America will miss Jon Stewart. But it's fair to say we miss him already, because his America is gone. The political climate — angrier, more bitter, more violently divided — is radically different from the one he signed up to make fun of. Political satire, as Stewart defined it on The Daily Show, requires him to appear equally tough on the left and the right. But that means he has to pretend there's such a thing as a moderate center.
If his show got more predictable in the past few years — making the same jokes every night about the same Fox News/Tea Party bullshit — that's because America did too. And it clearly took a toll on him. "Watching these channels all day is incredibly depressing," he said recently. "I live in a constant state of depression."
Stewart was a strange fit for The Daily Show, an already thriving franchise when he took over in 1999. His specialty was a sort of good-natured bro humor. He didn't do topical material. He looked uncomfortable in a suit and tie. If he'd ever had a political opinion, he kept it to himself. The transition was clumsier than anyone wants to remember. But there was a moment, early on in those first few months, when you could see things change — in retrospect, this was one of the pivot points of 21st-century TV culture. Stewart was doing a bit about the NYPD — then wracked by a scandal in which at least one cop sexually assaulted and tortured a black man with a toilet plunger — and its "CPR" motto: "Courtesy, Professionalism, Respect." Stewart said, "Although many officers tragically mistake it for 'Cram Plunger in Rectum.' "
Then he winced — not a comedian's wince, not a jokey "sorry, folks" wince, just a reflexive flinch that said, "Wow, that was not fun at all." You could see he hated himself for that line, hated the handful of people in the audience who laughed — and was already telling himself, "Yeah, this is exactly what I'm not doing from now on."
That's the moment when The Daily Show became unlike anything else on TV before or since. After 9/11 scared the media into shutting up and cheerleading for whatever war in whatever country as long as it's not here, Stewart turned The Daily Show into the crucial news source in the Bush years. Though he often claimed he was just a comedian making jokes, he clearly relished his newfound role as the ballsy truth-teller puncturing the official lies of the day.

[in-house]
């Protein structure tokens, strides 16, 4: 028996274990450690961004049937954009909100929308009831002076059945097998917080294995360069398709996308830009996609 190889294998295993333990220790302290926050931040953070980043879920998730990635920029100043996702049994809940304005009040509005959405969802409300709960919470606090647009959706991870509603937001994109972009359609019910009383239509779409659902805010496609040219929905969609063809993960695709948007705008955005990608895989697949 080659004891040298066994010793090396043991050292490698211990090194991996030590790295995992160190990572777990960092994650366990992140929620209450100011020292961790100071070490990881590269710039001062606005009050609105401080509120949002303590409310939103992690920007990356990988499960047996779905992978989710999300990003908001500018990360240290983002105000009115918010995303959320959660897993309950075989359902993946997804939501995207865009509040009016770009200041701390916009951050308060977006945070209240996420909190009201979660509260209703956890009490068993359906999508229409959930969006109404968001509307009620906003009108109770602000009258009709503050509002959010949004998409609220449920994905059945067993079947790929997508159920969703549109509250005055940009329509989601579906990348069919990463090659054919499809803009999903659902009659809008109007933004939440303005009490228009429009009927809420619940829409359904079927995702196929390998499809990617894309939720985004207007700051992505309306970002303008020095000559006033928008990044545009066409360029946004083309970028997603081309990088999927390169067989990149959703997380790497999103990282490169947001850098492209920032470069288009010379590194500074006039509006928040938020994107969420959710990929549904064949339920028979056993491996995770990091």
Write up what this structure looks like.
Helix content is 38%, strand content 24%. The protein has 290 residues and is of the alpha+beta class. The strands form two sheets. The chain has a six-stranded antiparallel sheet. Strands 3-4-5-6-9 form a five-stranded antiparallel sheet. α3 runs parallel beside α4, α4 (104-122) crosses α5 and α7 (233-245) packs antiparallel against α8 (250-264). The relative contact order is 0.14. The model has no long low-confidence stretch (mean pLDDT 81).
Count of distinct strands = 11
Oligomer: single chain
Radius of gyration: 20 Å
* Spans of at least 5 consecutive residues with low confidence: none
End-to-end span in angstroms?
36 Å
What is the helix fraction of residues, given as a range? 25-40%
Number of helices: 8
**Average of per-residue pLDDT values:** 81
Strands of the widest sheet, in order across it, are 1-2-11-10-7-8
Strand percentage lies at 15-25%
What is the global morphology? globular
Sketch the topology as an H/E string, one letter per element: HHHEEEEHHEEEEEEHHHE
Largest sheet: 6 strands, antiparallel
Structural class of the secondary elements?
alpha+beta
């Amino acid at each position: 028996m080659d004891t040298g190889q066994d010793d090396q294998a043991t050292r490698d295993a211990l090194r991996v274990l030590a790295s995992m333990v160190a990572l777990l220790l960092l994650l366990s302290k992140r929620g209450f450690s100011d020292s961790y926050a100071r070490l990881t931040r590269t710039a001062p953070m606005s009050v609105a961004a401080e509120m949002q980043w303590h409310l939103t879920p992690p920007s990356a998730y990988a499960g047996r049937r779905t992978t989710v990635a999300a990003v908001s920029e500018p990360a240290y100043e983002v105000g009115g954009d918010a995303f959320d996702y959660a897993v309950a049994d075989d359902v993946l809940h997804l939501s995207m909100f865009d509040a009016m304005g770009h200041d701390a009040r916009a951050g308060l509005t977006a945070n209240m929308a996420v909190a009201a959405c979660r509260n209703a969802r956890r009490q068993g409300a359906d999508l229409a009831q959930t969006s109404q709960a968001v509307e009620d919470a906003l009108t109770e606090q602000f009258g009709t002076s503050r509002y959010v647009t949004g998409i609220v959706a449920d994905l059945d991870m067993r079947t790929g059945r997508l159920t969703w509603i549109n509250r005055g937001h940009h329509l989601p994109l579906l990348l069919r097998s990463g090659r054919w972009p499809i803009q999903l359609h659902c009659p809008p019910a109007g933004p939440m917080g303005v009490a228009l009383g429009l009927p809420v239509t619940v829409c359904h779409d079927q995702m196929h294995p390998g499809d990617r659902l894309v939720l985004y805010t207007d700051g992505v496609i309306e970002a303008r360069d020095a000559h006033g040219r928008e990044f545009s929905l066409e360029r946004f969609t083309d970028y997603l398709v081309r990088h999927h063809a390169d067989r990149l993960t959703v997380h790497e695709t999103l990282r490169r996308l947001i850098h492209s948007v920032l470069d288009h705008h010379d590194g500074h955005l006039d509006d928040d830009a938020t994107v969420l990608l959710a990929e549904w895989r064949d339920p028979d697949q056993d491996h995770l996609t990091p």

It looked like Stewart was building a lasting legacy. So it's perhaps strange that he doesn't have a clear successor. When he signs off, there won't be other Jon Stewarts out there to continue the kind of political argument he brought to the airwaves. Especially, it seems, on The Daily Show, where Stewart's successor, Trevor Noah, hired in a bizarrely rushed fit of corporate despair, already seems like the wrong man for the job.
Comedy Central honchos clearly saw Noah as a blank slate, without any partisan baggage. But they got caught with their pants down when the world found out about his shockingly lame taste in "edgy" quips, which were offensive mostly for being older than Don Rickles' mother. (Dude was still doing "Beats by Dreidel" jokes in 2014?) This is a grown man who proudly told a joke about how Thai hookers are cheaper than fast food, so he might order a "Quarter Poundher Deluxe."
Noah made a bad impression worse by saying, "To reduce my views to a handful of jokes that didn't land is not a true reflection of my character" — the exact kind of chickenshit nonstatement Stewart would have ripped apart, if it hadn't been about his own show.
It'll be an uglier world without Stewart — but then, that's the main reason he's bailing: It's an uglier world already. So you have to suspect Stewart doesn't care all that deeply whether The Daily Show can carry on without him. It looks like he's more worried about whether America can carry on at all.